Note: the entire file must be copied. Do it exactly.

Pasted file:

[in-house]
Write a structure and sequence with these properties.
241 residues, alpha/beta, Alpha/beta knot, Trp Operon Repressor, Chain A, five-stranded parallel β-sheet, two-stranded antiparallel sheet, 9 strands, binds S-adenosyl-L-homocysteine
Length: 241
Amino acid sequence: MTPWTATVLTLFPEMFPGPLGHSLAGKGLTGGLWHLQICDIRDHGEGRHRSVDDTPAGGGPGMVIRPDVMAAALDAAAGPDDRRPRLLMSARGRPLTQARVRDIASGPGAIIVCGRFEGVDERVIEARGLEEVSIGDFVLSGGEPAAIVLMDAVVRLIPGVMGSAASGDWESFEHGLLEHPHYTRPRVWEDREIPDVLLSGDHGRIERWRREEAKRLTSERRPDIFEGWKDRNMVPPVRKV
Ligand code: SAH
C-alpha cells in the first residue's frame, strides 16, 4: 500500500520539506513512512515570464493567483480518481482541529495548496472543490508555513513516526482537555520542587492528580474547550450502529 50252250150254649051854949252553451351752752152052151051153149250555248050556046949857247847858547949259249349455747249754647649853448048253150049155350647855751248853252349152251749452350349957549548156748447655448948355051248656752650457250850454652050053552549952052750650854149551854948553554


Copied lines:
[in-house]
Write a structure and sequence with these properties.
241 residues, alpha/beta, Alpha/beta knot, Trp Operon Repressor, Chain A, five-stranded parallel β-sheet, two-stranded antiparallel sheet, 9 strands, binds S-adenosyl-L-homocysteine
Length: 241
Amino acid sequence: MTPWTATVLTLFPEMFPGPLGHSLAGKGLTGGLWHLQICDIRDHGEGRHRSVDDTPAGGGPGMVIRPDVMAAALDAAAGPDDRRPRLLMSARGRPLTQARVRDIASGPGAIIVCGRFEGVDERVIEARGLEEVSIGDFVLSGGEPAAIVLMDAVVRLIPGVMGSAASGDWESFEHGLLEHPHYTRPRVWEDREIPDVLLSGDHGRIERWRREEAKRLTSERRPDIFEGWKDRNMVPPVRKV
Ligand code: SAH
C-alpha cells in the first residue's frame, strides 16, 4: 500500500520539506513512512515570464493567483480518481482541529495548496472543490508555513513516526482537555520542587492528580474547550450502529 50252250150254649051854949252553451351752752152052151051153149250555248050556046949857247847858547949259249349455747249754647649853448048253150049155350647855751248853252349152251749452350349957549548156748447655448948355051248656752650457250850454652050053552549952052750650854149551854948553554